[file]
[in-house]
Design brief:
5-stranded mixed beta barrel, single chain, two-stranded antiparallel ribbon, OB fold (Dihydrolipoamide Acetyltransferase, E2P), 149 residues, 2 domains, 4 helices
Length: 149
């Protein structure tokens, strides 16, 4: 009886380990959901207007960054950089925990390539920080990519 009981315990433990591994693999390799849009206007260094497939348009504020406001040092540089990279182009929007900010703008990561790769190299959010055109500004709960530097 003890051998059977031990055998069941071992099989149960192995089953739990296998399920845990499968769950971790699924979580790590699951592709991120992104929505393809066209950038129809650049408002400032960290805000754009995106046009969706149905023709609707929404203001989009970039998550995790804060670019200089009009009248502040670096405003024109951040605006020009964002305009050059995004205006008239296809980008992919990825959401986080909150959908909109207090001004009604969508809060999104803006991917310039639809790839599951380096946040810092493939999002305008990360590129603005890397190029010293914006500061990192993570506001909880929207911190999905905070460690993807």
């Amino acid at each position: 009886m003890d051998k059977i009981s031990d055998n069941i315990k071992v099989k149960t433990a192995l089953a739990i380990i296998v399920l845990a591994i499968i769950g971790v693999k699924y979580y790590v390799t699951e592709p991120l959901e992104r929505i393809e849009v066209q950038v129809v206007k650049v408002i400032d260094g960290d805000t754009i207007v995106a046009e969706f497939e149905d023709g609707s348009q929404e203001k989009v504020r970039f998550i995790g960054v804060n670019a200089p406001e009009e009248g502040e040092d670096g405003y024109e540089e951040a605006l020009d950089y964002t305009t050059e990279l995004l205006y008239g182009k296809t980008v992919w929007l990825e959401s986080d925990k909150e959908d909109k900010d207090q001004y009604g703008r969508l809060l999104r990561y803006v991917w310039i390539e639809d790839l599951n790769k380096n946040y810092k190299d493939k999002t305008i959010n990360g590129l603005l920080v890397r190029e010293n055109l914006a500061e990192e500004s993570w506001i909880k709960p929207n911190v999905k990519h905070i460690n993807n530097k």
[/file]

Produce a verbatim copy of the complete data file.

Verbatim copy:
[in-house]
Design brief:
5-stranded mixed beta barrel, single chain, two-stranded antiparallel ribbon, OB fold (Dihydrolipoamide Acetyltransferase, E2P), 149 residues, 2 domains, 4 helices
Length: 149
């Protein structure tokens, strides 16, 4: 009886380990959901207007960054950089925990390539920080990519 009981315990433990591994693999390799849009206007260094497939348009504020406001040092540089990279182009929007900010703008990561790769190299959010055109500004709960530097 003890051998059977031990055998069941071992099989149960192995089953739990296998399920845990499968769950971790699924979580790590699951592709991120992104929505393809066209950038129809650049408002400032960290805000754009995106046009969706149905023709609707929404203001989009970039998550995790804060670019200089009009009248502040670096405003024109951040605006020009964002305009050059995004205006008239296809980008992919990825959401986080909150959908909109207090001004009604969508809060999104803006991917310039639809790839599951380096946040810092493939999002305008990360590129603005890397190029010293914006500061990192993570506001909880929207911190999905905070460690993807």
């Amino acid at each position: 009886m003890d051998k059977i009981s031990d055998n069941i315990k071992v099989k149960t433990a192995l089953a739990i380990i296998v399920l845990a591994i499968i769950g971790v693999k699924y979580y790590v390799t699951e592709p991120l959901e992104r929505i393809e849009v066209q950038v129809v206007k650049v408002i400032d260094g960290d805000t754009i207007v995106a046009e969706f497939e149905d023709g609707s348009q929404e203001k989009v504020r970039f998550i995790g960054v804060n670019a200089p406001e009009e009248g502040e040092d670096g405003y024109e540089e951040a605006l020009d950089y964002t305009t050059e990279l995004l205006y008239g182009k296809t980008v992919w929007l990825e959401s986080d925990k909150e959908d909109k900010d207090q001004y009604g703008r969508l809060l999104r990561y803006v991917w310039i390539e639809d790839l599951n790769k380096n946040y810092k190299d493939k999002t305008i959010n990360g590129l603005l920080v890397r190029e010293n055109l914006a500061e990192e500004s993570w506001i909880k709960p929207n911190v999905k990519h905070i460690n993807n530097k």